Point-of-care (POC) devices are essential to reap the benefits of Candida biosensing. A POC device has five components—a target, a probe, a sensing module, a transducer, and a signal read-out device. A microfluidics-based detection system has been applied for C. albicans in blood [80]. Combining FISH with microfluidics has paved the way for the development of a future POC detection platform.
The internal transcribed spacer (ITS), a part of the ribosomal RNA gene complex, has been targeted for candidemia surveillance by quantitative PCR displaying a sensitivity of 0.2 CFU/µL. This region is present in 55 copies/haploid genome. It generates quantitative data to ease the evaluation of the magnitude of C. albicans infection in human blood [59].
Another method, MALDI-TOF, is now being gauged as one of the diagnostic procedures for patient samples. MALDI-TOF mass signatures are used to identify the clinical fungal species as well as the associated drug resistance. The MALDI-TOF spectrum peaks are compared with signature peaks from reference spectra that are contained in a database. It is one of the fast, accurate, and straightforward methods of identification [81]. In fact, C. orthopsilosis, C. metapsilosis, C. parapsilosis, C. glabrata, and C. bracarensis species could not be identified by the biochemical approach but could be identified by MALDI-TOF MS systems [82]. However, the pitfall of this option is the non-availability of a database for emerging strains, the lack of expert technical know-how, and the need for expensive and bulky machinery. The acquisition of correct fingerprint peaks depends on the sample preparation and operating settings of the instrument.

8. Future Perspectives and Directions

The development of biosensors for the detection of Candida species was initiated as early as 1986 [40]. This method required a minimum of 30 min of contact with the cells and was able to detect 106–5 × 108 cells cm−3. However, there was a gap in this direction until 2013, when gradually studies picked up. Further studies in this direction received a boost from 2021 onwards, perhaps coinciding with the emergence of COVID-19 detection systems (Figure 5).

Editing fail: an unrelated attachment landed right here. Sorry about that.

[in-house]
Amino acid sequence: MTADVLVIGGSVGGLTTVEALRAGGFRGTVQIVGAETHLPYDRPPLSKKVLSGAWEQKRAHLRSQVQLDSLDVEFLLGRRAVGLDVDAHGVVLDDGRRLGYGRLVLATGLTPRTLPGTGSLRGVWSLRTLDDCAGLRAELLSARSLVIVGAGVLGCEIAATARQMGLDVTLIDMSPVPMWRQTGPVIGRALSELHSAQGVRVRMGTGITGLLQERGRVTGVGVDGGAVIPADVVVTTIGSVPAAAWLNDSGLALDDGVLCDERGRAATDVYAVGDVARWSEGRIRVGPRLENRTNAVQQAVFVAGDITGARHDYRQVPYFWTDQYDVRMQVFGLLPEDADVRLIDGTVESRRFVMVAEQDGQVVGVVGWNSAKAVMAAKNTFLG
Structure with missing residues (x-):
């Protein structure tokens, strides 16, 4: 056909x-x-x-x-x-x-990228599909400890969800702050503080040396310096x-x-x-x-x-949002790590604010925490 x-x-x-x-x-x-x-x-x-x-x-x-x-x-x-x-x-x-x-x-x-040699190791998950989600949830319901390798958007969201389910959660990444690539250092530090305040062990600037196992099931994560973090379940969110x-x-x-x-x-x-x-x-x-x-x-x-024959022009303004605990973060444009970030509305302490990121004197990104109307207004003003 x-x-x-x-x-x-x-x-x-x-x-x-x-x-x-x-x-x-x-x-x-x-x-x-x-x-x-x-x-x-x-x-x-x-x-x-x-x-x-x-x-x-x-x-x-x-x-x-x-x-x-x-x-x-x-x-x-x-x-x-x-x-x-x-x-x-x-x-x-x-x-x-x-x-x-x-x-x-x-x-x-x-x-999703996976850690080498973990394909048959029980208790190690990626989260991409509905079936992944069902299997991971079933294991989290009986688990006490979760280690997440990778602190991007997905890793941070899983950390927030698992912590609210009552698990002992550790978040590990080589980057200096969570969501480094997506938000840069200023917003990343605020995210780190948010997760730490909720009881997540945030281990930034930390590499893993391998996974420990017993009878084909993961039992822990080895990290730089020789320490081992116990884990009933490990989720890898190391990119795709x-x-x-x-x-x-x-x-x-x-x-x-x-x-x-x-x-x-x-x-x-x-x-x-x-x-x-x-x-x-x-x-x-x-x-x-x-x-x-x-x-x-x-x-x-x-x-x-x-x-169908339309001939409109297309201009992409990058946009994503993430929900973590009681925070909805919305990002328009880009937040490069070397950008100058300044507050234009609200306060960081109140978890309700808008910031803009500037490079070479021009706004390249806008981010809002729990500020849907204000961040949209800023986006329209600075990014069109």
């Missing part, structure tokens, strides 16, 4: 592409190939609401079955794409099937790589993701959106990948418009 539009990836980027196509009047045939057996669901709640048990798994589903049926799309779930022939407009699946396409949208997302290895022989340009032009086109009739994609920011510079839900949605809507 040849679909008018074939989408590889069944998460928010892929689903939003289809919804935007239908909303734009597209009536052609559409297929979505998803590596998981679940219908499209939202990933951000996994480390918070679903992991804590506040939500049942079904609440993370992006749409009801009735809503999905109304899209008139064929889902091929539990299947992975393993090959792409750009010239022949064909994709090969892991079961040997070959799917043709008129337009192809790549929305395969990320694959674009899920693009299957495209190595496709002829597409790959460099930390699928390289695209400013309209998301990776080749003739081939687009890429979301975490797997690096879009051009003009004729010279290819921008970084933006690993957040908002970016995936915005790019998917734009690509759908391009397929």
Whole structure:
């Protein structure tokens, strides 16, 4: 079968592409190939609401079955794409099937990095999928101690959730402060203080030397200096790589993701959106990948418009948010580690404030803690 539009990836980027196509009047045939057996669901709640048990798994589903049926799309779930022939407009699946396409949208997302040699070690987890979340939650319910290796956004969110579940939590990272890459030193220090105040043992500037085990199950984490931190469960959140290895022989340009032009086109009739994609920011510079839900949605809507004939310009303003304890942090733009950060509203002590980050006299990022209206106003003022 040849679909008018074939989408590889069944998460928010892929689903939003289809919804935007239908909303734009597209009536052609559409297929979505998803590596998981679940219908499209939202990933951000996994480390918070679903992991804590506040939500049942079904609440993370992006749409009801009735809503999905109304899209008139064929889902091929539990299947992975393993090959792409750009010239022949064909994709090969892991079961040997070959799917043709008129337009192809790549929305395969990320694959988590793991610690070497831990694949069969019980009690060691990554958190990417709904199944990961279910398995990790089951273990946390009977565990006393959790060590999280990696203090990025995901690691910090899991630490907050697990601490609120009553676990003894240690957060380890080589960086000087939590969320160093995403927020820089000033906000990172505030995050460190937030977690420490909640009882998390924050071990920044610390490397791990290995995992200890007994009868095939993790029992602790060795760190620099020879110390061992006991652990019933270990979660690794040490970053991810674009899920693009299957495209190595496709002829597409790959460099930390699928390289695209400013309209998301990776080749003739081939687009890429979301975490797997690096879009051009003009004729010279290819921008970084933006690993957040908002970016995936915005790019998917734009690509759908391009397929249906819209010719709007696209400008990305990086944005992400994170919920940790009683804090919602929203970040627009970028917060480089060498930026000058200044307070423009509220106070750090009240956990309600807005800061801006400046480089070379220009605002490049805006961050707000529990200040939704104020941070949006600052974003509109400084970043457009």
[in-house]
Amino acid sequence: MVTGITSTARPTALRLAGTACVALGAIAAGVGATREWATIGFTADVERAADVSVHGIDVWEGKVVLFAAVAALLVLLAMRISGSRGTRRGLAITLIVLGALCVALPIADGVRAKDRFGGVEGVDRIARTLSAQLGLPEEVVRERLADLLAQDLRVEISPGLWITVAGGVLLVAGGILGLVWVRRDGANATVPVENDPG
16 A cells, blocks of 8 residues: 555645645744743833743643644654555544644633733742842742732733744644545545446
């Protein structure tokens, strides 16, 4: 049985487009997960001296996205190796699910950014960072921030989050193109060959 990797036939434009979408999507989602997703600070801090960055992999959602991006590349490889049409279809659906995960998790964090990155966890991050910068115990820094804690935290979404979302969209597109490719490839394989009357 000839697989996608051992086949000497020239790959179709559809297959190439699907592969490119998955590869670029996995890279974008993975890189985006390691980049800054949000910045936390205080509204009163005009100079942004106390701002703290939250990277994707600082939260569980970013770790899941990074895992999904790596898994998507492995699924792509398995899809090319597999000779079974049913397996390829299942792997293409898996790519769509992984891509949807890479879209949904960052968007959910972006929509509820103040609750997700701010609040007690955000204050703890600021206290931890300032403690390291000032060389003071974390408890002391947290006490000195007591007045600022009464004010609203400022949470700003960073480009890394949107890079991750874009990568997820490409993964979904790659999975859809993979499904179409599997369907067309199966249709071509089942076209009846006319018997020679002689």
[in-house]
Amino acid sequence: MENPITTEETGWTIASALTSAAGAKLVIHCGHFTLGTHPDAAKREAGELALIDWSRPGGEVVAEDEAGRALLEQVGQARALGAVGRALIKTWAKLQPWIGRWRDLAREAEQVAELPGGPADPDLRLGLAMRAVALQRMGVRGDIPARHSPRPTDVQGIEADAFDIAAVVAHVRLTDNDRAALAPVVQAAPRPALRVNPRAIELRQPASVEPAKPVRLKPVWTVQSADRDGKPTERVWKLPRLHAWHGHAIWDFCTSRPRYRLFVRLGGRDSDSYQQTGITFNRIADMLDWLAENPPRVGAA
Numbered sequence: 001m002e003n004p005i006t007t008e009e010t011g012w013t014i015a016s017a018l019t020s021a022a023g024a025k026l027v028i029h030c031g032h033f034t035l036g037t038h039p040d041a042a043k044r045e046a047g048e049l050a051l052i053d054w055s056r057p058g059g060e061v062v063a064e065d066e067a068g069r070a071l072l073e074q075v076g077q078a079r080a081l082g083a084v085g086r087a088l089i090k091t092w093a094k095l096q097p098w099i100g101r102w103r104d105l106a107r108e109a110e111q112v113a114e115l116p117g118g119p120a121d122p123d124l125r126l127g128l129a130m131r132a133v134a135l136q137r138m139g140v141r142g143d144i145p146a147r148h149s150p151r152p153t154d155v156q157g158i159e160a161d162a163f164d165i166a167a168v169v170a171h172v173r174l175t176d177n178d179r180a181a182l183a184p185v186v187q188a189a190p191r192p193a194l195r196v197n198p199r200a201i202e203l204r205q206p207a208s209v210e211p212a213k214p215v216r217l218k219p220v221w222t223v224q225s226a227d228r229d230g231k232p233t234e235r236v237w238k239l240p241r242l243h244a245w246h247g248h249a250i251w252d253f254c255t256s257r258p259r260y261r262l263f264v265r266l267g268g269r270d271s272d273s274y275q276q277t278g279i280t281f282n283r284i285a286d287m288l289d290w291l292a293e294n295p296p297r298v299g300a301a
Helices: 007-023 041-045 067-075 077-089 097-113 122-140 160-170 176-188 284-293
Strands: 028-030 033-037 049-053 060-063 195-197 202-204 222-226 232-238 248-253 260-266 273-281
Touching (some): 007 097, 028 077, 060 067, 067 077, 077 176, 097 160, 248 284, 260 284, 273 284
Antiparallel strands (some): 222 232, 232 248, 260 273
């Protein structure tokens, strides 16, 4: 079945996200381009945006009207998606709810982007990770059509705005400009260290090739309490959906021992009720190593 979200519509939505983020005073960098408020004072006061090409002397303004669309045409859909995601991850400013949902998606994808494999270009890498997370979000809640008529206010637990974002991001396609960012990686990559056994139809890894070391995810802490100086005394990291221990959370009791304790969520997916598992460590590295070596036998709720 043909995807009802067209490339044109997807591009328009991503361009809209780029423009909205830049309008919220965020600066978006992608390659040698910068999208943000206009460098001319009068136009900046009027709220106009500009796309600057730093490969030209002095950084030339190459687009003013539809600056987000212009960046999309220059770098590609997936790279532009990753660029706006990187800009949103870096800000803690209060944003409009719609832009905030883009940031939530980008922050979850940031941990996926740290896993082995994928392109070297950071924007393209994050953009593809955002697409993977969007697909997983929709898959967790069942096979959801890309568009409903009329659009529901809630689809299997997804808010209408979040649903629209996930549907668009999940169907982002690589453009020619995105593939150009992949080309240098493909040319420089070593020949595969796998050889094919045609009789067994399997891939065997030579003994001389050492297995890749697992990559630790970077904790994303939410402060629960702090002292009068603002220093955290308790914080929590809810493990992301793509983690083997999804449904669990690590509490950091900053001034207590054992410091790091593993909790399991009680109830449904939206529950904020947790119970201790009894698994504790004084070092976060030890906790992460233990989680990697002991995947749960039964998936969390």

Modern-day research aims for molecular diagnostic POC biosensors rather than conventional ones. For enhancing specificity, biomarkers for Candida, especially cell wall components, should be targeted for innovative biosensor development. Other factors in the diagnosis process should also not be overlooked, including the clinical state of the patient and other possible risk factors associated with higher invasive candidiasis rates, such as surgery, trauma, bacterial or viral infections, overuse of antibiotics, and catheterization [83,84,85].
Future studies should be directed towards multiplexing for high-throughput screening, refinement of sensor precision to the pico-/femtogram level, cost-effectiveness, portability, rapidity, and user-friendliness (Figure 6).
Enhancing the sensitivity and specificity of aptamer-based biosensors with nanomaterials creates intriguing new opportunities for a variety of applications, including the detection and analysis of fungal infections in clinical and environmental samples [86,87,88]. Smartphones and aptamers have been combined to create sophisticated, convenient, portable, and affordable in situ PON/POC biosensors for the detection of biomolecules. These sensors are ideal for a number of uses, including environmental monitoring and food safety, as well as disease diagnosis including Candida infections [89].
Advances in nanotechnology, CRISPR technology, and electrochemical and optical- or spectra-based biosensing methods have already been kickstarted; however, these technologies are yet to foray into Candida biosensing. Hence, a multi-disciplinary approach involving biology, chemistry, materials science, microelectronics, nanotechnology, computer science, and data science is necessary in this direction. The design of AI-assisted biosensors and precision medicine will boost the means to tackle the Candida infection menace. As in the case of bacterial infections, the application of machine learning models, AI tools, and neural networks to big biomedical cloud databases generated from infection with different Candida species, drug resistance and susceptibility, the emergence of resistant strains, and culture methods will further assist in the development of specific biosensors [90,91,92].
Genomics and biomarkers will impact final clinical judgments. The integration of the Internet of Things with biosensors will facilitate remote healthcare systems and personal medicine. This approach will lead to expeditious, continuous real-time monitoring of the circulating analytes reflecting the efficacy of antifungal treatment.